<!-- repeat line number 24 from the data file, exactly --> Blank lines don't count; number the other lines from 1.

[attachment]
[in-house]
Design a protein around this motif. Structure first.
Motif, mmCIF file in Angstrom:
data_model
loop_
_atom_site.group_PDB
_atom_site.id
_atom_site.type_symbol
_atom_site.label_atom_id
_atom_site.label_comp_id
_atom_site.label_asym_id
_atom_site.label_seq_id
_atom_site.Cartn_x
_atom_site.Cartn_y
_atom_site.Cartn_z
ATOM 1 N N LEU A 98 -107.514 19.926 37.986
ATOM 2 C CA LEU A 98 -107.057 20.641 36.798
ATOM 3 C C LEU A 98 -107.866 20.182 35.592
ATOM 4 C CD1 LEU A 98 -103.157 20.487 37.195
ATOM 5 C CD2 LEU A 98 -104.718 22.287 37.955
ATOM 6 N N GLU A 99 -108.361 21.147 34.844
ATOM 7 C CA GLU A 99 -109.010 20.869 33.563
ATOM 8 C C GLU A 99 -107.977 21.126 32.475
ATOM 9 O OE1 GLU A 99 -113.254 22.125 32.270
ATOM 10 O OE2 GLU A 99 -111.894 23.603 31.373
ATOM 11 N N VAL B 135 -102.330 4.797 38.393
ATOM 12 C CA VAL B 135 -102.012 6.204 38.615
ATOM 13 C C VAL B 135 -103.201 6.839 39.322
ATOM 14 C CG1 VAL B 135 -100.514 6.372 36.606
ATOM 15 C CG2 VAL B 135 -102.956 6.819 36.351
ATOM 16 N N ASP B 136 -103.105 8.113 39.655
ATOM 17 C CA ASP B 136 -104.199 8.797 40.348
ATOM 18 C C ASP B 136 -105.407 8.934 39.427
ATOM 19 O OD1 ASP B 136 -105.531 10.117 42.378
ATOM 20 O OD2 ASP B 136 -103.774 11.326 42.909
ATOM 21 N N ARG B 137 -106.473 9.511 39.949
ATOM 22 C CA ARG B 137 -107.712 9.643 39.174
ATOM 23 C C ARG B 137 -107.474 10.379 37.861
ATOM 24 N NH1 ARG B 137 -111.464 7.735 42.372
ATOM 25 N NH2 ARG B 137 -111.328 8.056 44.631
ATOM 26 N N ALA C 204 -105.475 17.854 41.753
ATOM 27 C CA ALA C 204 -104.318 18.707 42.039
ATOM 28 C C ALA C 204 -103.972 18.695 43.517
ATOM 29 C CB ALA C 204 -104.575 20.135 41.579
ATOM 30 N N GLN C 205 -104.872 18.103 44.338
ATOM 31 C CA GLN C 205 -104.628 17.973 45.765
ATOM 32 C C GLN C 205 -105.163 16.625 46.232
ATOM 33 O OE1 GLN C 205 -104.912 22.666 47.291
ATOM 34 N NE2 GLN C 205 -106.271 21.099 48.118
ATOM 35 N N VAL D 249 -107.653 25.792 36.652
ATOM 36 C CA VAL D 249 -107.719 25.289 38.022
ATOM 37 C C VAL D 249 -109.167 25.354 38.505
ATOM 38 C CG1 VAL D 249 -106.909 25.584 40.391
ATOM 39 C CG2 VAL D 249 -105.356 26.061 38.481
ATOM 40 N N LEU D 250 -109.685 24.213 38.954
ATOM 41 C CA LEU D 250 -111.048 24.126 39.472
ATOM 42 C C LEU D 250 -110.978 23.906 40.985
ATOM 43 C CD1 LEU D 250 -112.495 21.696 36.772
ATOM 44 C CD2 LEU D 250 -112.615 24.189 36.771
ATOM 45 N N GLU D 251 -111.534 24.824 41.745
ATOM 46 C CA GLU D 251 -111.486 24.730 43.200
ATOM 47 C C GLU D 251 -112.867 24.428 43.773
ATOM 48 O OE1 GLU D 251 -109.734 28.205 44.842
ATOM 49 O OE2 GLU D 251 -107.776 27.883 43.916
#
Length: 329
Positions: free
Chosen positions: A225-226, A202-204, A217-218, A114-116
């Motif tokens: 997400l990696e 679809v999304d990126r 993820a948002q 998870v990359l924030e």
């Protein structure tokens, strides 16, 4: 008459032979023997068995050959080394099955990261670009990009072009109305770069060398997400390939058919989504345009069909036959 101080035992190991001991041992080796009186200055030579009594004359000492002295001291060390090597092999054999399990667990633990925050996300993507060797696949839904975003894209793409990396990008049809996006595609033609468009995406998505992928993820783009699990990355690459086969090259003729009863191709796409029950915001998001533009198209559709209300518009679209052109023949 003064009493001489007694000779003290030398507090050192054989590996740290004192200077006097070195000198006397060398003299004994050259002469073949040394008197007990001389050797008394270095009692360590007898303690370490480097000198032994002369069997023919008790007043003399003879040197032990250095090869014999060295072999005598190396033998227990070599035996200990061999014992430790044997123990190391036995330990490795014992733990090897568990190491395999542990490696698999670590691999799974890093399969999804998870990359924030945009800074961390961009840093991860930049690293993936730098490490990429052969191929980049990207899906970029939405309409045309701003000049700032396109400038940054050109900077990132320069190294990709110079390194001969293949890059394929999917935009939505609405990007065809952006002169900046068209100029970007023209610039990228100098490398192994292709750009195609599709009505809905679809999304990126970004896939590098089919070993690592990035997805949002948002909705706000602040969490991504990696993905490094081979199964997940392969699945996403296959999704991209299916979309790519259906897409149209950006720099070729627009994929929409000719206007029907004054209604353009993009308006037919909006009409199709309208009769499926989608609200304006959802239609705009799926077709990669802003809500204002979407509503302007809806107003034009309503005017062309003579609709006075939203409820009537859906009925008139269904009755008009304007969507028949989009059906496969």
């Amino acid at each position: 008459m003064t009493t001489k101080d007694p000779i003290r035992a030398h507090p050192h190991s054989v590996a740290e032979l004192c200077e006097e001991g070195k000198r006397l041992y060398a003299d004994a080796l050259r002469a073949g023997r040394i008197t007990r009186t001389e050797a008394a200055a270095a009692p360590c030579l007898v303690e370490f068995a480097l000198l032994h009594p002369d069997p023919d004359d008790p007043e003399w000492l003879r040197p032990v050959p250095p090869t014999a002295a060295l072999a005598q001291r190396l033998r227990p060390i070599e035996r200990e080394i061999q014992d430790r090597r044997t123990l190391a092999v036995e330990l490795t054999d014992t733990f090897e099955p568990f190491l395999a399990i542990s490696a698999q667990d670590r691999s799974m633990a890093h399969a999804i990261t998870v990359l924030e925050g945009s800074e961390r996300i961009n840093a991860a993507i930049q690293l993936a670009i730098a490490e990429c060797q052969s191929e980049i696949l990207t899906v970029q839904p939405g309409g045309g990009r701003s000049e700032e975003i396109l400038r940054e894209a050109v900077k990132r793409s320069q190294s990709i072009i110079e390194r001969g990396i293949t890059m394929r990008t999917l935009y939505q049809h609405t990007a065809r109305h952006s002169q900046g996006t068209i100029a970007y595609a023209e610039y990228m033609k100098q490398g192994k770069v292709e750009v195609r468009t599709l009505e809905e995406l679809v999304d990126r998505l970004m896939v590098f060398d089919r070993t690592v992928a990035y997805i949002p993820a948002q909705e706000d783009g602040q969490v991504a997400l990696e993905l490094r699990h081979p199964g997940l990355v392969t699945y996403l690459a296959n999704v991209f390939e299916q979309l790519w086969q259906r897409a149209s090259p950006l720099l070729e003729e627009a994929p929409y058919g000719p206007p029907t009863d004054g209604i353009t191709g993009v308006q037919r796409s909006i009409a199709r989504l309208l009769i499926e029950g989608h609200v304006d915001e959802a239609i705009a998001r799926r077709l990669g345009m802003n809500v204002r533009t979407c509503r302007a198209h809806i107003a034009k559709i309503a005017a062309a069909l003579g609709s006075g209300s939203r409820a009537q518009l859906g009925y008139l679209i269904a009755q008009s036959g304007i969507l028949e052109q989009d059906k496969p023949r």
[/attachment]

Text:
ATOM 9 O OE1 GLU A 99 -113.254 22.125 32.270